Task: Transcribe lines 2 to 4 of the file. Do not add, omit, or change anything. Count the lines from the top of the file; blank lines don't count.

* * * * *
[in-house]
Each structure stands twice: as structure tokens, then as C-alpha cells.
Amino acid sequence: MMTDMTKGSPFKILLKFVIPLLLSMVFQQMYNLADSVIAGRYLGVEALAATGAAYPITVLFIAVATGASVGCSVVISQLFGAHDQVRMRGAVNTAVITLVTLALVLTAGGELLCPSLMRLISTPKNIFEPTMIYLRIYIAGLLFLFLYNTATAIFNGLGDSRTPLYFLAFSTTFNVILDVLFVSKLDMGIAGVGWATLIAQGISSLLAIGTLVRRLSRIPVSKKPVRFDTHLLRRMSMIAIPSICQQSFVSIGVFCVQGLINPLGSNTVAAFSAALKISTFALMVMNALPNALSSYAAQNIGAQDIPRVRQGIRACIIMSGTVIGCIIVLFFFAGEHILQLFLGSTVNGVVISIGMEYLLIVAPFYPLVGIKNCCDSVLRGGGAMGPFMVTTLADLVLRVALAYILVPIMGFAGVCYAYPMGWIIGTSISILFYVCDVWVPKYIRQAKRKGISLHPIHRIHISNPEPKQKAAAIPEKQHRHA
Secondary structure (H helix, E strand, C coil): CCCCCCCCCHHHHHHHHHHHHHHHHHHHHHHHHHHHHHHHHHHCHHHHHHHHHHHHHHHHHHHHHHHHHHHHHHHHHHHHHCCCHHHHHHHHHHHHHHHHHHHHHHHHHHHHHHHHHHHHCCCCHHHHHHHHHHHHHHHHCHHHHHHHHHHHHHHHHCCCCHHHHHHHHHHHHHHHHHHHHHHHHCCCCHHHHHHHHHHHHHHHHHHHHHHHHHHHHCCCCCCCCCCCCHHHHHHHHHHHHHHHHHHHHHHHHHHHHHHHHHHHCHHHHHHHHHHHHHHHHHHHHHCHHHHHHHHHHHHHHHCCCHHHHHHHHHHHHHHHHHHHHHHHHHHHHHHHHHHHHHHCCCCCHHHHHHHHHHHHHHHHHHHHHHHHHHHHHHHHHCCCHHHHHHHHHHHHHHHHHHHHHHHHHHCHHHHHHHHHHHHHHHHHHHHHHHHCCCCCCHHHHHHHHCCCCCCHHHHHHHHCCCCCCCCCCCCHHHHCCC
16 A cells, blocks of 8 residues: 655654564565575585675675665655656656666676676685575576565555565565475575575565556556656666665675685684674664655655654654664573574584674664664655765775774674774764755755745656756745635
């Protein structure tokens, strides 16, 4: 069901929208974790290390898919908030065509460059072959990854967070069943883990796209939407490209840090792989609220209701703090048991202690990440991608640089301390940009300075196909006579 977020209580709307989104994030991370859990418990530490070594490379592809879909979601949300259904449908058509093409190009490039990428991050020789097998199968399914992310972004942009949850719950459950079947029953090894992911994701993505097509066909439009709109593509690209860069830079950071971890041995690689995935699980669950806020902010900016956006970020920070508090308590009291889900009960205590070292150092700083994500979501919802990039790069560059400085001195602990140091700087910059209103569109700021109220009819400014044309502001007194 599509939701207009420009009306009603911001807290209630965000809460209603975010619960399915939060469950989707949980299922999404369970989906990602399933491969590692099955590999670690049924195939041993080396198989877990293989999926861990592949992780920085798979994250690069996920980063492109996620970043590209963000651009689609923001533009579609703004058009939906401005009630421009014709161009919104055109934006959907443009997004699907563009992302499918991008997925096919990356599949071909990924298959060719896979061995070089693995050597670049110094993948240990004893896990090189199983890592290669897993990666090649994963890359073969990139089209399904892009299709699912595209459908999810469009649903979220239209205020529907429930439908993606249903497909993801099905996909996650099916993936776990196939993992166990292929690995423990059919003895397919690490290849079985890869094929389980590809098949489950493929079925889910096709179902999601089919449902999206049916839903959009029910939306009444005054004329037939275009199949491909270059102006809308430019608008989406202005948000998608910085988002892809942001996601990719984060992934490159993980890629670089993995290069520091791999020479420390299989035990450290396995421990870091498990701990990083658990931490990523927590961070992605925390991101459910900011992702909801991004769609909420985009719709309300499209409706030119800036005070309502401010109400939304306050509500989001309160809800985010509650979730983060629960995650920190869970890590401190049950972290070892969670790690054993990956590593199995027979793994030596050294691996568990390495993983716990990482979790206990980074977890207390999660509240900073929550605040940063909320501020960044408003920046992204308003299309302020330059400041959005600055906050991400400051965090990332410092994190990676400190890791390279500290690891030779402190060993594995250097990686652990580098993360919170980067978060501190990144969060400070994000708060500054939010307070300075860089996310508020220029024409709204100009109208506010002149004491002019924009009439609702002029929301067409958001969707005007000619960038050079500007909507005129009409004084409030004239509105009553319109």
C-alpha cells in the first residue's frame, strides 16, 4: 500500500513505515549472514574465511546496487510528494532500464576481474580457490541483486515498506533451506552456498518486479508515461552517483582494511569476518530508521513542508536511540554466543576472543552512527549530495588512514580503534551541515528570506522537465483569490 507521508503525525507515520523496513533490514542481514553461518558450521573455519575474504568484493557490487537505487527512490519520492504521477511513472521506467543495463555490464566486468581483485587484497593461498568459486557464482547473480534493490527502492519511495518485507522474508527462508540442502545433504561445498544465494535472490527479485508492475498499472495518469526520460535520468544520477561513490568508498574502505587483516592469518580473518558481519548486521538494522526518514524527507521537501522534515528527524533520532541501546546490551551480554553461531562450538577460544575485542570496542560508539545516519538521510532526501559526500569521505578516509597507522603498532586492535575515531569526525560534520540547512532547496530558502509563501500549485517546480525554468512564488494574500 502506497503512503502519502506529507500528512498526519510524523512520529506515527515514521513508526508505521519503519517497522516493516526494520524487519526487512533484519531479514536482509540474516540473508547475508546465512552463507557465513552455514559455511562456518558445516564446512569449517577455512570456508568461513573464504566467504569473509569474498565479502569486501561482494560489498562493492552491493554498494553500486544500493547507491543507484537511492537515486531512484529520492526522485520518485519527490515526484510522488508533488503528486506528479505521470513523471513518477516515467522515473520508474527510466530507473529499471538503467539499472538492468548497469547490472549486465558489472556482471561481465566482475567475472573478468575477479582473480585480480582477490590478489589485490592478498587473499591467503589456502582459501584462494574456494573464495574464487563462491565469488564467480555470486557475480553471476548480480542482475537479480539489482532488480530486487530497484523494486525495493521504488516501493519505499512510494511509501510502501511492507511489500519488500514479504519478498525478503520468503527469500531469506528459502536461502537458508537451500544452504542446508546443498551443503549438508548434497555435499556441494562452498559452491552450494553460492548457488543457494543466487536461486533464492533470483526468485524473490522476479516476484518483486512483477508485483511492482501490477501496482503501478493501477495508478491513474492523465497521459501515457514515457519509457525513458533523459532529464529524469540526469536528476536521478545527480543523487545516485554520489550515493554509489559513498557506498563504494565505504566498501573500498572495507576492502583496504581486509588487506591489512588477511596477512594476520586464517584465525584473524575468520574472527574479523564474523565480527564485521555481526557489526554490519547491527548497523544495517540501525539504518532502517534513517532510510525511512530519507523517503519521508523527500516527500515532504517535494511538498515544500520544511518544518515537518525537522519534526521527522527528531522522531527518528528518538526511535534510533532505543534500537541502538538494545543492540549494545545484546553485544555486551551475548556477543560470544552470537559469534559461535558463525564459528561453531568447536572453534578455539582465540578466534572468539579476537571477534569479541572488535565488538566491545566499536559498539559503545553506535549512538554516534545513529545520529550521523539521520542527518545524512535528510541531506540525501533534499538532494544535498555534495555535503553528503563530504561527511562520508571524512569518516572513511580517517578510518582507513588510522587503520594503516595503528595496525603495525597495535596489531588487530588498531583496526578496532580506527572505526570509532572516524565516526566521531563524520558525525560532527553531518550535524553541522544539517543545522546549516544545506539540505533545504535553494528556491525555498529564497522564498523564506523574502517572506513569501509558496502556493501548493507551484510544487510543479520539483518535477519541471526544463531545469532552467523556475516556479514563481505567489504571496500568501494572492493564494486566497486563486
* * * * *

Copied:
Each structure stands twice: as structure tokens, then as C-alpha cells.
Amino acid sequence: MMTDMTKGSPFKILLKFVIPLLLSMVFQQMYNLADSVIAGRYLGVEALAATGAAYPITVLFIAVATGASVGCSVVISQLFGAHDQVRMRGAVNTAVITLVTLALVLTAGGELLCPSLMRLISTPKNIFEPTMIYLRIYIAGLLFLFLYNTATAIFNGLGDSRTPLYFLAFSTTFNVILDVLFVSKLDMGIAGVGWATLIAQGISSLLAIGTLVRRLSRIPVSKKPVRFDTHLLRRMSMIAIPSICQQSFVSIGVFCVQGLINPLGSNTVAAFSAALKISTFALMVMNALPNALSSYAAQNIGAQDIPRVRQGIRACIIMSGTVIGCIIVLFFFAGEHILQLFLGSTVNGVVISIGMEYLLIVAPFYPLVGIKNCCDSVLRGGGAMGPFMVTTLADLVLRVALAYILVPIMGFAGVCYAYPMGWIIGTSISILFYVCDVWVPKYIRQAKRKGISLHPIHRIHISNPEPKQKAAAIPEKQHRHA
Secondary structure (H helix, E strand, C coil): CCCCCCCCCHHHHHHHHHHHHHHHHHHHHHHHHHHHHHHHHHHCHHHHHHHHHHHHHHHHHHHHHHHHHHHHHHHHHHHHHCCCHHHHHHHHHHHHHHHHHHHHHHHHHHHHHHHHHHHHCCCCHHHHHHHHHHHHHHHHCHHHHHHHHHHHHHHHHCCCCHHHHHHHHHHHHHHHHHHHHHHHHCCCCHHHHHHHHHHHHHHHHHHHHHHHHHHHHCCCCCCCCCCCCHHHHHHHHHHHHHHHHHHHHHHHHHHHHHHHHHHHCHHHHHHHHHHHHHHHHHHHHHCHHHHHHHHHHHHHHHCCCHHHHHHHHHHHHHHHHHHHHHHHHHHHHHHHHHHHHHHCCCCCHHHHHHHHHHHHHHHHHHHHHHHHHHHHHHHHHCCCHHHHHHHHHHHHHHHHHHHHHHHHHHCHHHHHHHHHHHHHHHHHHHHHHHHCCCCCCHHHHHHHHCCCCCCHHHHHHHHCCCCCCCCCCCCHHHHCCC